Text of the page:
“He will reply, ‘I tell you the truth, whatever you did not do for one of the least of these, you did not do for me.’
“Then they will go away to eternal punishment, but the righteous to eternal life.” Matt 25:32–46
Works, then, are vital for obtaining salvation. Paul speaks in one place of those “deceitful workmen, masquerading as apostles (or ambassadors) of Christ.
“Their end will be what their actions deserve.” 2 Cor 13:15
But can works, by themselves, save a person by Jesus Christ? What of other provisions mentioned by Scripture. For instance, from the closing words of Jesus Christ in Mark’s Gospel?
“Whoever believes and is baptised will be saved, but whoever does not believe will be condemned.” Mark 16:16
When one reads through the Book of Acts, which is a record of the establishment of the body of believers in Jesus Christ, which body was during subsequent centuries to spread throughout the world, one cannot escape notice of the frequent mention of baptism. The jailer and his family, mentioned earlier, were baptised after the true Gospel had been preached to them (Acts 16:33). The eunuch, also considered earlier was baptised once he understood about the Gospel (Acts 8:37,38). The apostles had all been baptised into the name of Jesus Christ (Acts 8:16). Paul, the last to be named as an apostle, was baptised following his conversion (Acts 9:18). Those of the household of Cornelius, the first non-Jewish [Gentile] converts to Jesus, were baptised after they had been told in detail, the Gospel of Jesus (Acts 10:48).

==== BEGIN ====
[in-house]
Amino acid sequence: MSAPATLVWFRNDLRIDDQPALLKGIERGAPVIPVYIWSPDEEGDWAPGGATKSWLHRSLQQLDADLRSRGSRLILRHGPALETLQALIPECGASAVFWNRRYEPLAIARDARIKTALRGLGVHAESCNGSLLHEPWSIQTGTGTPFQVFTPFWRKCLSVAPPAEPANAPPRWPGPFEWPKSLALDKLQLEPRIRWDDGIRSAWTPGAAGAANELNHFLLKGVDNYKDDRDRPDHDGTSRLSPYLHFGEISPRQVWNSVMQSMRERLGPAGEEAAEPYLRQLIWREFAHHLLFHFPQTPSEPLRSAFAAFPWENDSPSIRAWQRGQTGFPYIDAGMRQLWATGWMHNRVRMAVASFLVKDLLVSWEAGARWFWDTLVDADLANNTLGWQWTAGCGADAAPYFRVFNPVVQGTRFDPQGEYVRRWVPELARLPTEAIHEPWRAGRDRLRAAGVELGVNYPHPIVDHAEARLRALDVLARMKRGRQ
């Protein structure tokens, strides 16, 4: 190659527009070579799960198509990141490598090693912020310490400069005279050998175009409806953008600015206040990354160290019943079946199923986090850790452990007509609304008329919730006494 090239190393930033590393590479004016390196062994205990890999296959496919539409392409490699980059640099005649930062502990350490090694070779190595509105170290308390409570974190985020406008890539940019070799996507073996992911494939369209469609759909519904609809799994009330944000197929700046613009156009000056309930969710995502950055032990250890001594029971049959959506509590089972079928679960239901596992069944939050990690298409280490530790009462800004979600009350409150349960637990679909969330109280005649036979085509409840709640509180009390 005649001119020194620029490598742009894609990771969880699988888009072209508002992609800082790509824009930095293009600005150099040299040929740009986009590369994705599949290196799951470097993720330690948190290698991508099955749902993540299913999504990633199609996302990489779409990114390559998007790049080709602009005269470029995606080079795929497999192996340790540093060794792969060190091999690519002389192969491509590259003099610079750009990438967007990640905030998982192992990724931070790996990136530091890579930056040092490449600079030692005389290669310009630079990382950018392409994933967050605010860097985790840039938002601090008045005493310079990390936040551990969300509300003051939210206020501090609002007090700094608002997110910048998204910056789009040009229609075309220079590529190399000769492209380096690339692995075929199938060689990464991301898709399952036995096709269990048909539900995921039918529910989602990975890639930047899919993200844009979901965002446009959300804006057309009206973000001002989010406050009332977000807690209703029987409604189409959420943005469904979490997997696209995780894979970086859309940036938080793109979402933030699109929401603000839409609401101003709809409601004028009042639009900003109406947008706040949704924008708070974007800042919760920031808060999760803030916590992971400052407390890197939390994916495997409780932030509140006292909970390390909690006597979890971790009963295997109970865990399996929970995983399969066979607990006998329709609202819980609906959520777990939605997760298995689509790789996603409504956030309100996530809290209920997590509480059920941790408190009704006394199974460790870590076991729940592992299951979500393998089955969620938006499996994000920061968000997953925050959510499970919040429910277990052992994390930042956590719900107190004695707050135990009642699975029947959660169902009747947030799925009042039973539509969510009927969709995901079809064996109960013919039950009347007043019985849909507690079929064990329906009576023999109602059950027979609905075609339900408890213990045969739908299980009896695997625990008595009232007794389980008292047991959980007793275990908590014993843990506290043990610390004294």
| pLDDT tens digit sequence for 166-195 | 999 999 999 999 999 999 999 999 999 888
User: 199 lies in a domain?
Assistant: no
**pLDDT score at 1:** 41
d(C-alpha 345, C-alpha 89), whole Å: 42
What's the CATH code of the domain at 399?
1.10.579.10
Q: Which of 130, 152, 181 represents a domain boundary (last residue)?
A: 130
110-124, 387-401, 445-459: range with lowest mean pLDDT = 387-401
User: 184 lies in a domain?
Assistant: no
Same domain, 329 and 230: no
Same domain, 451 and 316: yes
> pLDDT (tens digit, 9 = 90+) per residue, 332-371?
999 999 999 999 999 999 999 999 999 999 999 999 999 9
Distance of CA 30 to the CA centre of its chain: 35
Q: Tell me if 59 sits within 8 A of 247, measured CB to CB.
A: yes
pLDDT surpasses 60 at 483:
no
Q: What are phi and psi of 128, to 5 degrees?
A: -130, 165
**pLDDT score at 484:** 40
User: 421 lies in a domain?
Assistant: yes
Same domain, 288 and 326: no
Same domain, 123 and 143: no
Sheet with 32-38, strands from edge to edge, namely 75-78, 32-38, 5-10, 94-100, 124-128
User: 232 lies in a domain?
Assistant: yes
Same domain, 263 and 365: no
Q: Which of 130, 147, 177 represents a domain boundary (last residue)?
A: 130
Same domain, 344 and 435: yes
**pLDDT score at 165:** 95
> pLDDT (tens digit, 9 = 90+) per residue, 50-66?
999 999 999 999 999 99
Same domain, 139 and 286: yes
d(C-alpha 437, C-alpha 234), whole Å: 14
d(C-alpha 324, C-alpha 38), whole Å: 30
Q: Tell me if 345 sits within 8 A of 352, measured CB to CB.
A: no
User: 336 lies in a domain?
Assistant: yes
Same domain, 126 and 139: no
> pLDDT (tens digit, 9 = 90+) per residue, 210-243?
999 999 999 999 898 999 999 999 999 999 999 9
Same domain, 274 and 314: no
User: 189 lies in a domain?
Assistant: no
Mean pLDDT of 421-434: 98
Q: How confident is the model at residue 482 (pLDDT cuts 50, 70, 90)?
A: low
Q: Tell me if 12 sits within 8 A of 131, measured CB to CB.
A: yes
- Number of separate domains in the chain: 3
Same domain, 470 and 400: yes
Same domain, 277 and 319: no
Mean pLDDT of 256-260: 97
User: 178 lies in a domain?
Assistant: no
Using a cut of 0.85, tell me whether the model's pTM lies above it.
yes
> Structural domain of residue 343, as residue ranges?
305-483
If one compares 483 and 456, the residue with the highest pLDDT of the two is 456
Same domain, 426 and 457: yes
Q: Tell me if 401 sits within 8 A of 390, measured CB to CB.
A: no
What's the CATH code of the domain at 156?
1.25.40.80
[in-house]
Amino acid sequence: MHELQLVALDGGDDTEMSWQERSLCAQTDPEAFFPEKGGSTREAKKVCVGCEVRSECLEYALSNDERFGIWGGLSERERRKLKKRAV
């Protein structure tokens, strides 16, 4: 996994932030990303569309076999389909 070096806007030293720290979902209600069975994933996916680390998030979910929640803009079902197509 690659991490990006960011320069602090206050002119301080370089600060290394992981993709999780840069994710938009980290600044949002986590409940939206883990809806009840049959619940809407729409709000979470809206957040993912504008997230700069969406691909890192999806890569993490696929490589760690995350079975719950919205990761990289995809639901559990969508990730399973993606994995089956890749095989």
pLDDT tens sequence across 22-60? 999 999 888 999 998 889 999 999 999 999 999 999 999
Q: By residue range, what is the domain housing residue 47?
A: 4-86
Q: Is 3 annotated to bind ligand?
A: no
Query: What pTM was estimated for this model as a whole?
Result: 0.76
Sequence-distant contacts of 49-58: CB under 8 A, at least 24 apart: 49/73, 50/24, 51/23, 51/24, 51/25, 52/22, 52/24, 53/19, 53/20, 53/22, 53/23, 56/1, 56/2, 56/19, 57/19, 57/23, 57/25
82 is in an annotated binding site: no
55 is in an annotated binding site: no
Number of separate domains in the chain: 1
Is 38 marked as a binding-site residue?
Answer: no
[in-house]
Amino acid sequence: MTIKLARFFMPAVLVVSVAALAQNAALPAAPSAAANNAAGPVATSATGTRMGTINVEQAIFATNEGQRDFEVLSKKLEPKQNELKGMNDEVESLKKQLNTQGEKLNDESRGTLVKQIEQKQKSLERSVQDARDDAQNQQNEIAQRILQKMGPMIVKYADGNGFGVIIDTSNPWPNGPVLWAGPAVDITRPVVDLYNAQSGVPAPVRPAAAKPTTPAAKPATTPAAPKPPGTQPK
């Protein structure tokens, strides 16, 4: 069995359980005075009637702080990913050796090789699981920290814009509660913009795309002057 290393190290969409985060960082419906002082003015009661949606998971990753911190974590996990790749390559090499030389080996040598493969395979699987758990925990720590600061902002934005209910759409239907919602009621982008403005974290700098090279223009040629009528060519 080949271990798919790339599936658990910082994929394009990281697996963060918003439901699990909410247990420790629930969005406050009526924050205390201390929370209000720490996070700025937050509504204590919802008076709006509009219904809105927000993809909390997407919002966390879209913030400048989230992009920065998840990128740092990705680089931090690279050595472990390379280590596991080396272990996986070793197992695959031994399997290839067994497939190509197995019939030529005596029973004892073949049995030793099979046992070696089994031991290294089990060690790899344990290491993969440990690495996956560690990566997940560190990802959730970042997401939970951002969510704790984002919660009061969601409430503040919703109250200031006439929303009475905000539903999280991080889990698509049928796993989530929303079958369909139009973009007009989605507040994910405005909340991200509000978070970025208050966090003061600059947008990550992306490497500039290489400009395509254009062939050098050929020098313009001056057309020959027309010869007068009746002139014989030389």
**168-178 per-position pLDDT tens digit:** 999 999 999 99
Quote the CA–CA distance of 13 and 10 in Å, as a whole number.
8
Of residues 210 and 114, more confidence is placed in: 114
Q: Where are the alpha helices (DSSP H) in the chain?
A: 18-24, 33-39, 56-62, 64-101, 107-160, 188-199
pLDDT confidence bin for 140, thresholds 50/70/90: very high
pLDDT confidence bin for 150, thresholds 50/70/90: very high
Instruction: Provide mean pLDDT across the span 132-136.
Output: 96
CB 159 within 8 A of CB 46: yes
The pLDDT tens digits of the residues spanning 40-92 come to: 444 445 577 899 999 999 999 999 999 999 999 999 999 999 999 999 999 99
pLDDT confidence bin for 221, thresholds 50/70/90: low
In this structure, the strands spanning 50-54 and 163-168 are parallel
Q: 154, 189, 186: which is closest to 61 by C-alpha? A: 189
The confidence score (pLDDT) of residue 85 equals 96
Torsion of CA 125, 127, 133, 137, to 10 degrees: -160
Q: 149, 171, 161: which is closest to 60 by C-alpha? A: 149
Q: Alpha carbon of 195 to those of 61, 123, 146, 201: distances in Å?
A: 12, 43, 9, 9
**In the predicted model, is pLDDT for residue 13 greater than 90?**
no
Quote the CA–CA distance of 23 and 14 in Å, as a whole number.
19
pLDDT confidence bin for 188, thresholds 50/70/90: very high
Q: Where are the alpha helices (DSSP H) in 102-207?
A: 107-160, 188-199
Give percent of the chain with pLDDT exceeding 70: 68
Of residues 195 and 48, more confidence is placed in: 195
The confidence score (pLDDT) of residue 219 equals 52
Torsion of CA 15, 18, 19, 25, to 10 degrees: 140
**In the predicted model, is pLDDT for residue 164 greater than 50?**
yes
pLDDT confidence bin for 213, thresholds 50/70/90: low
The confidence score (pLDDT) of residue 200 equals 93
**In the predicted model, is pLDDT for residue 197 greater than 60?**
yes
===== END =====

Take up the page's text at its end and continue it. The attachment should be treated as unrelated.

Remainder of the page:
The writer to the Romans explains the importance and relevance of baptism with respect to salvation.
“Don’t you know that all of us who were baptised into Christ were baptised into his death?” Rom 6:3
So Paul wasn’t the only one baptised — he spoke to a group of people who were each of them baptised. So he goes on to confirm with these people their reason fir being baptised.
“We were therefore buried with him through baptism into death in order that, just as Christ was raised from the dead through the glory of the Father, we too may live a new life.
“If we have been united with him in his death, we will certainly also be united with him in his resurrection. Now if we died with Christ, we believe that we will also live with him.” Rom 6:4,5,8
We can therefore add baptism to our list of pre-requisites for salvation. It is a qualification that is needed as a starting point on the path to salvation.